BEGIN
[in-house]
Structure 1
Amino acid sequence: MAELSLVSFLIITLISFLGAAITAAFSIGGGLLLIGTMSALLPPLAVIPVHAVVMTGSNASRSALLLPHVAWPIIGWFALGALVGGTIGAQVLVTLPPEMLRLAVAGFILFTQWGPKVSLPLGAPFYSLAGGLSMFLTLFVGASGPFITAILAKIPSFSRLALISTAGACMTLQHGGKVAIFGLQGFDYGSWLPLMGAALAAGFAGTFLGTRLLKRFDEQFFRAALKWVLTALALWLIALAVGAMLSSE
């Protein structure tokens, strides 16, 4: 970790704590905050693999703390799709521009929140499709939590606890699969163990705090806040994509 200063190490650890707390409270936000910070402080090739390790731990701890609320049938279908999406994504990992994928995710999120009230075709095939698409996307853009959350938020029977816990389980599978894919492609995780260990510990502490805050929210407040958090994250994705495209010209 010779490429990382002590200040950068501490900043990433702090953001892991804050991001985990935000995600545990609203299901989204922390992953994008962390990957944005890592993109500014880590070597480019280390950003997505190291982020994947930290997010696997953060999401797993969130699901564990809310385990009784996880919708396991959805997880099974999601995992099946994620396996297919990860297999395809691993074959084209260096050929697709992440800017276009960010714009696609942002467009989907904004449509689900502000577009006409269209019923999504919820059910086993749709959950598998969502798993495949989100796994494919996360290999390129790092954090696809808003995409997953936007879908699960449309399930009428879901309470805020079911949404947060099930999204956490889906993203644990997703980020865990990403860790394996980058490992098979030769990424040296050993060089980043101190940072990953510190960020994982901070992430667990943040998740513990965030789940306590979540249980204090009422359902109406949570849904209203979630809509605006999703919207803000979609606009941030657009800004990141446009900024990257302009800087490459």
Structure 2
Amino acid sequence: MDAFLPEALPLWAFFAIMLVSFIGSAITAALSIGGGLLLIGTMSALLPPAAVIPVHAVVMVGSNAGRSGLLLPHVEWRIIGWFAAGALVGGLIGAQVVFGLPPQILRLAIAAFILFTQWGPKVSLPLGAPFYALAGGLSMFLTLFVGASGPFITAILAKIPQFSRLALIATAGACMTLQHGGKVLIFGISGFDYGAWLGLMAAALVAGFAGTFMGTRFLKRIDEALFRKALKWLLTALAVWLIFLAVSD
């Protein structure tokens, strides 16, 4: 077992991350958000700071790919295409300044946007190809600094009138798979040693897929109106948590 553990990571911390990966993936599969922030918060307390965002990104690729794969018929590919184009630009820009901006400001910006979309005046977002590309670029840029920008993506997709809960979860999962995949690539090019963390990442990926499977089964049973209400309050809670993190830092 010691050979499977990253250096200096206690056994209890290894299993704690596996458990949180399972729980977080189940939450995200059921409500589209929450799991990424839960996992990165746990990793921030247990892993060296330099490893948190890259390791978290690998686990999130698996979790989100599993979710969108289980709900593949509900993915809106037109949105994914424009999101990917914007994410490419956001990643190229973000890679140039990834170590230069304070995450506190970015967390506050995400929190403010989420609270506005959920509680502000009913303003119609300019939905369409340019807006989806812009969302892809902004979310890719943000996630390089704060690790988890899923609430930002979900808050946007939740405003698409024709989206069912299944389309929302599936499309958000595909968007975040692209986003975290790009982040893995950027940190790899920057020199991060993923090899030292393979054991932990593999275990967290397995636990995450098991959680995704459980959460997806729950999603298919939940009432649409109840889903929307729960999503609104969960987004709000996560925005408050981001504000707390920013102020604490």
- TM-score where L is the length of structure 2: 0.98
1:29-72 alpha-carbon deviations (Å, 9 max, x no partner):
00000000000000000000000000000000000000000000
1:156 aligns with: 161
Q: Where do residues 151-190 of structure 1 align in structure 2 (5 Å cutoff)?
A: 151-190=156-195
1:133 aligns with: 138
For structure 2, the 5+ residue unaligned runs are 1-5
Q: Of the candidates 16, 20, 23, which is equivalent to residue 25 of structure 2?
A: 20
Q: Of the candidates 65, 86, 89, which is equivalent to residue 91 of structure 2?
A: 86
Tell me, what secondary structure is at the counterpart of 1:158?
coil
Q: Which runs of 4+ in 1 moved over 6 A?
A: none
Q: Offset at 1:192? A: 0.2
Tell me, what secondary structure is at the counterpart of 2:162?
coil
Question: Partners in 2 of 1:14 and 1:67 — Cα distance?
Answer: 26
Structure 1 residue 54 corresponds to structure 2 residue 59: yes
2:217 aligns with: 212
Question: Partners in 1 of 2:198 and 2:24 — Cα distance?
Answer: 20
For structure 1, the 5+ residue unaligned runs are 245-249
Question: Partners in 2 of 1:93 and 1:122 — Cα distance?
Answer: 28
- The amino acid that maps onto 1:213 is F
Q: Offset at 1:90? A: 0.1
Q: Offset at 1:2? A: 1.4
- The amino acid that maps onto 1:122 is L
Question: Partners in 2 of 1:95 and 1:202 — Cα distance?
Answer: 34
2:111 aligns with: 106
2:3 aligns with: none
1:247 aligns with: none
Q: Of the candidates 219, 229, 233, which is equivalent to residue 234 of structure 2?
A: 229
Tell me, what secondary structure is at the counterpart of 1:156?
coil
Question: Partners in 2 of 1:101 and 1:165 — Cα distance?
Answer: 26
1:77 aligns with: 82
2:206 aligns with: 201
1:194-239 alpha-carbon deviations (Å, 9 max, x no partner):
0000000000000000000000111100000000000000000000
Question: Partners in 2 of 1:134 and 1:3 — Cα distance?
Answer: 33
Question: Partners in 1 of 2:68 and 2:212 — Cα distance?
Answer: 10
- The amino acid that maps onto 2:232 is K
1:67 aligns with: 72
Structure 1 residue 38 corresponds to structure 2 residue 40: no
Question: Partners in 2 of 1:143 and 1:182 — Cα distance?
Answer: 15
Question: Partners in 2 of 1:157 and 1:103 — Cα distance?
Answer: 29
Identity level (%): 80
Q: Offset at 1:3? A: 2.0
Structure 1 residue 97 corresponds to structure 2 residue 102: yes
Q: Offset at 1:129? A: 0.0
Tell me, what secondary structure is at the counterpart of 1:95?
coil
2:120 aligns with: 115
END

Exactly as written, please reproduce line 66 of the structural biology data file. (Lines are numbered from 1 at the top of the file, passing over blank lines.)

Identity level (%): 80